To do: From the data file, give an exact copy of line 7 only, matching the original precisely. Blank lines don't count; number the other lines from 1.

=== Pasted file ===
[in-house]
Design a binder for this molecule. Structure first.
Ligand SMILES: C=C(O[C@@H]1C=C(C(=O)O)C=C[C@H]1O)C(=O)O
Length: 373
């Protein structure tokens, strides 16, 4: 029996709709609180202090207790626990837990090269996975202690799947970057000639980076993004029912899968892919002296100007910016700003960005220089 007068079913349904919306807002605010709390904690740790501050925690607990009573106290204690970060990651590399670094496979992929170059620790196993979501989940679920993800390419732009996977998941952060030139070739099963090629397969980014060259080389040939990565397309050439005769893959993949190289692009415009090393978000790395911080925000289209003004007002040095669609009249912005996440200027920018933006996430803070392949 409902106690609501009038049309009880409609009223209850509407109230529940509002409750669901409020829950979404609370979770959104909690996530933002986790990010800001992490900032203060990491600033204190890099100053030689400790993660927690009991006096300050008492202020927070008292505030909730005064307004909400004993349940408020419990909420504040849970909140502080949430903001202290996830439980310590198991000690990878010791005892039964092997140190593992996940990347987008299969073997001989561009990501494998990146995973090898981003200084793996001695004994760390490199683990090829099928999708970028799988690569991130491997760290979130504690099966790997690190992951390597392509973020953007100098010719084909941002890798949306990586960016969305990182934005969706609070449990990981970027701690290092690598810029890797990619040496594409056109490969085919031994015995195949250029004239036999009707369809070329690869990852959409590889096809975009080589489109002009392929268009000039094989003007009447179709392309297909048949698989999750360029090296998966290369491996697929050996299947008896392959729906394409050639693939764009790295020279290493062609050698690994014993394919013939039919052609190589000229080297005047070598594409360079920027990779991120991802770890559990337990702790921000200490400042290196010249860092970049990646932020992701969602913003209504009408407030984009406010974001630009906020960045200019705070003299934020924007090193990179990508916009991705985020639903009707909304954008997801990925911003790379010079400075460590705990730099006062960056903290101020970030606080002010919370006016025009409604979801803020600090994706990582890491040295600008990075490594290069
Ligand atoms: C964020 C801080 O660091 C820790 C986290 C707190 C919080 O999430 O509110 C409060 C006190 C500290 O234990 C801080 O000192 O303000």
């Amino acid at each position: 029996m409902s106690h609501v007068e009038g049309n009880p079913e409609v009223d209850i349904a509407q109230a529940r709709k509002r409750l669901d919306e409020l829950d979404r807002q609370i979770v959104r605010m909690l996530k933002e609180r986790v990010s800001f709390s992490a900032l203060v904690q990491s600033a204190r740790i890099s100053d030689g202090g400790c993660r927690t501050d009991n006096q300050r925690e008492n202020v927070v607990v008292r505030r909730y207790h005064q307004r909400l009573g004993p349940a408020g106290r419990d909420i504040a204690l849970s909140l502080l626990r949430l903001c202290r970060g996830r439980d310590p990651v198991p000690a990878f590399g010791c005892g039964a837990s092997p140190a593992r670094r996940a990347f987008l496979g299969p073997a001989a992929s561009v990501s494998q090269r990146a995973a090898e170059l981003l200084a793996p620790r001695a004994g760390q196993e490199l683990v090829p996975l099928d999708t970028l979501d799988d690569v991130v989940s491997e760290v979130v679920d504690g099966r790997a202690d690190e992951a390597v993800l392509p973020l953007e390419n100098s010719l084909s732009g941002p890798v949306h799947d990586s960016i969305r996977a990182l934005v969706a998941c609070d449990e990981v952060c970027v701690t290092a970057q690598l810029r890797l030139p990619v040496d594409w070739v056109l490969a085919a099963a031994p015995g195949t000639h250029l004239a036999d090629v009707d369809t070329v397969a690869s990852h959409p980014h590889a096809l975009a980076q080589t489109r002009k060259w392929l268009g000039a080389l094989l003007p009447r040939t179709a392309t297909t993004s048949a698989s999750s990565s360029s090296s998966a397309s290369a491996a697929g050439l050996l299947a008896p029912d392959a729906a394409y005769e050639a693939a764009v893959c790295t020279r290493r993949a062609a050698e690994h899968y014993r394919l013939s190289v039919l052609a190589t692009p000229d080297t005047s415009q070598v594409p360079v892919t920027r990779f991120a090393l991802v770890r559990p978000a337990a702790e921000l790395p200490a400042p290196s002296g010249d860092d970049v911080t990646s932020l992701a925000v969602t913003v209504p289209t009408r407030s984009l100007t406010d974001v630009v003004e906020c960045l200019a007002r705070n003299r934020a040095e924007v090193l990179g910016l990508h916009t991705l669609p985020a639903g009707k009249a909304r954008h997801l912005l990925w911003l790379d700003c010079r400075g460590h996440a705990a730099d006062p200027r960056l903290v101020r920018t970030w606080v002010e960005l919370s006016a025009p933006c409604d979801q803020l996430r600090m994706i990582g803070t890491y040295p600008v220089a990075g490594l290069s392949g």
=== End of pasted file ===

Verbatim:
């Amino acid at each position: 029996m409902s106690h609501v007068e009038g049309n009880p079913e409609v009223d209850i349904a509407q109230a529940r709709k509002r409750l669901d919306e409020l829950d979404r807002q609370i979770v959104r605010m909690l996530k933002e609180r986790v990010s800001f709390s992490a900032l203060v904690q990491s600033a204190r740790i890099s100053d030689g202090g400790c993660r927690t501050d009991n006096q300050r925690e008492n202020v927070v607990v008292r505030r909730y207790h005064q307004r909400l009573g004993p349940a408020g106290r419990d909420i504040a204690l849970s909140l502080l626990r949430l903001c202290r970060g996830r439980d310590p990651v198991p000690a990878f590399g010791c005892g039964a837990s092997p140190a593992r670094r996940a990347f987008l496979g299969p073997a001989a992929s561009v990501s494998q090269r990146a995973a090898e170059l981003l200084a793996p620790r001695a004994g760390q196993e490199l683990v090829p996975l099928d999708t970028l979501d799988d690569v991130v989940s491997e760290v979130v679920d504690g099966r790997a202690d690190e992951a390597v993800l392509p973020l953007e390419n100098s010719l084909s732009g941002p890798v949306h799947d990586s960016i969305r996977a990182l934005v969706a998941c609070d449990e990981v952060c970027v701690t290092a970057q690598l810029r890797l030139p990619v040496d594409w070739v056109l490969a085919a099963a031994p015995g195949t000639h250029l004239a036999d090629v009707d369809t070329v397969a690869s990852h959409p980014h590889a096809l975009a980076q080589t489109r002009k060259w392929l268009g000039a080389l094989l003007p009447r040939t179709a392309t297909t993004s048949a698989s999750s990565s360029s090296s998966a397309s290369a491996a697929g050439l050996l299947a008896p029912d392959a729906a394409y005769e050639a693939a764009v893959c790295t020279r290493r993949a062609a050698e690994h899968y014993r394919l013939s190289v039919l052609a190589t692009p000229d080297t005047s415009q070598v594409p360079v892919t920027r990779f991120a090393l991802v770890r559990p978000a337990a702790e921000l790395p200490a400042p290196s002296g010249d860092d970049v911080t990646s932020l992701a925000v969602t913003v209504p289209t009408r407030s984009l100007t406010d974001v630009v003004e906020c960045l200019a007002r705070n003299r934020a040095e924007v090193l990179g910016l990508h916009t991705l669609p985020a639903g009707k009249a909304r954008h997801l912005l990925w911003l790379d700003c010079r400075g460590h996440a705990a730099d006062p200027r960056l903290v101020r920018t970030w606080v002010e960005l919370s006016a025009p933006c409604d979801q803020l996430r600090m994706i990582g803070t890491y040295p600008v220089a990075g490594l290069s392949g």